Conservation persevered in 2020

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The past few weeks I have learned a huge lesson that, I think, will stay with me for a long time. With the absolute craziness in 2020, many things were put on the back burner — many things other than conservation, that is.

Perseverance

I have been on the phone quite a bit with local landowners lately and realized how much time they are spending outside. Regardless of all the bad in 2020, the one safe place is outside on your own property. Being out with the trees and wildflowers, taking in that fresh air, feels like one of the few normal things we still have.

Conservation is deeply rooted in perseverance and hard work from the beginning, with Hugh Hammond Bennett and his efforts to bring a change in how we utilize our land by being good stewards. I have had to remind myself of the beginnings of conservation lately.

Still going

What has really changed my perspective, though, is how much work landowners have been doing lately for conservation. Nothing has slowed down the efforts of conservation.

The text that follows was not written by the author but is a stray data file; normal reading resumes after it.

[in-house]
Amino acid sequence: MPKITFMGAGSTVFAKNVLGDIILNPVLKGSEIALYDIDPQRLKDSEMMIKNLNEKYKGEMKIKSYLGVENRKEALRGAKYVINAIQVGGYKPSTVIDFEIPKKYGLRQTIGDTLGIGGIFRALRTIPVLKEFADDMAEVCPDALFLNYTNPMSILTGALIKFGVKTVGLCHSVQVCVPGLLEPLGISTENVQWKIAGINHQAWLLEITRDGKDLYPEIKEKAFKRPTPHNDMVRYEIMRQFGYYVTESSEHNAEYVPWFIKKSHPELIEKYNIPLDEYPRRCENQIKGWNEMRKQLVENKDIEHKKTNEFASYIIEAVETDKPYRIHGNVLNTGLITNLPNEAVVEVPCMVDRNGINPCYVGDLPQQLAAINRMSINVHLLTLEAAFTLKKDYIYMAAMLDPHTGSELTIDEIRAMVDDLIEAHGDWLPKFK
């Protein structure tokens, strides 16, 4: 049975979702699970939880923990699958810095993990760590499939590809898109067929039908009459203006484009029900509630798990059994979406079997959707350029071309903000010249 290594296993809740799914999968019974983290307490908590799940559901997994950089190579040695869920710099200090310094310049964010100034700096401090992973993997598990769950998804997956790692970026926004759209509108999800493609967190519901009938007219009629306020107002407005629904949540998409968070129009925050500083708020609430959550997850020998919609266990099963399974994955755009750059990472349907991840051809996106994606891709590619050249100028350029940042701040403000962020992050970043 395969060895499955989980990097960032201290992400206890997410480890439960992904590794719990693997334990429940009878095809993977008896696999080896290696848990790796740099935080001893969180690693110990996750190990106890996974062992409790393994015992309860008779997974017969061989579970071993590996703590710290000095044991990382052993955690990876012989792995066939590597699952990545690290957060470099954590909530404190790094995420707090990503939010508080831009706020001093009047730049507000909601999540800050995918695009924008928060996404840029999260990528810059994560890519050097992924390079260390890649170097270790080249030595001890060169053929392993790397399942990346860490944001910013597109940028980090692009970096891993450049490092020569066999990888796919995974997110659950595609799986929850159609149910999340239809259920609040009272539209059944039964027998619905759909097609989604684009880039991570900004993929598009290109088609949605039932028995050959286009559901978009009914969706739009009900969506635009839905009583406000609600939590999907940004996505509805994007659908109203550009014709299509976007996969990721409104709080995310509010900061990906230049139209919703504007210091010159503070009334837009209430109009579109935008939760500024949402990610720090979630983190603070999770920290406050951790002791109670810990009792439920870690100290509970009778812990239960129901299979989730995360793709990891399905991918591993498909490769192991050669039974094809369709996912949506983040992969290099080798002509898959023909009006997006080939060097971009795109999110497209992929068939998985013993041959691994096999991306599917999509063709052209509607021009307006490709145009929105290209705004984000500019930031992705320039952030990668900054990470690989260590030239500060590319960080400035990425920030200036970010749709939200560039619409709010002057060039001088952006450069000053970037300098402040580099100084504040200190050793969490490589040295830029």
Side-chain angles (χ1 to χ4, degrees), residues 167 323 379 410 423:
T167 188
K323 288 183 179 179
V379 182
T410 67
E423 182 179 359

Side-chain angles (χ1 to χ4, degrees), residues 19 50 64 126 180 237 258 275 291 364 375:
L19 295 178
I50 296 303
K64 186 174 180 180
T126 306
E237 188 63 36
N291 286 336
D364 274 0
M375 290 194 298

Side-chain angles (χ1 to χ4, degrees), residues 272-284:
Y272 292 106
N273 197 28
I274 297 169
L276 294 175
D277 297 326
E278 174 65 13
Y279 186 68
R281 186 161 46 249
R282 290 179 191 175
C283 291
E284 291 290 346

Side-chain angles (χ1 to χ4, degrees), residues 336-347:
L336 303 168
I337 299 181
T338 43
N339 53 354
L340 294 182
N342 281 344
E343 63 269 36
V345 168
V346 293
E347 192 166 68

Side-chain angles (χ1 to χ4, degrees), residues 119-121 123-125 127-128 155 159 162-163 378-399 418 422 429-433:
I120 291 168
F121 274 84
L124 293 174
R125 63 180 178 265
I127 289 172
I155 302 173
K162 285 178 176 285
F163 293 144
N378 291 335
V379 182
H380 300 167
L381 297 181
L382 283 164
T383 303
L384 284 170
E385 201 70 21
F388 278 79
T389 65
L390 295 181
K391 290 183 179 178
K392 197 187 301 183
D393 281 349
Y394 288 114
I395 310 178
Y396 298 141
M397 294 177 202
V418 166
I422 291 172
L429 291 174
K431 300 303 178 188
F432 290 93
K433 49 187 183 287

Pollinator plots, tree plantings and invasive plant species controls are just a few of the many different practices that have been implemented all through 2020, many times going unnoticed due to social distancing and limited contact with others.

I have been getting emails with pictures showing successes over the summer and fall, and phone calls from excited landowners who can’t wait till spring to see some of the results from practices they implemented this past year. I cannot wait to see the progress on these projects as well.

2021

Everything that has happened this past year has changed my drive and motivation greatly, and I am appreciative of all the hard work that landowners have done. My goal in 2021 is to work even harder alongside the landowners and push myself to learn and adapt as much as possible. Conservation is a group effort, and I think 2021 might be the best year for conservation ever.

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Billy Wilson is the Forestry/Wildlife Technician for the Harrison Soil and Water Conservation District. He grew up in rural Carroll County and attended Hocking College where he graduated with an Associates of Applied Science in Wildlife Resources Management. During his time at Hocking he worked with Wayne National Forest in their Invasive Species Program as an Intern, with the focus on Non-native invasive plant and tree species that are common to Ohio.

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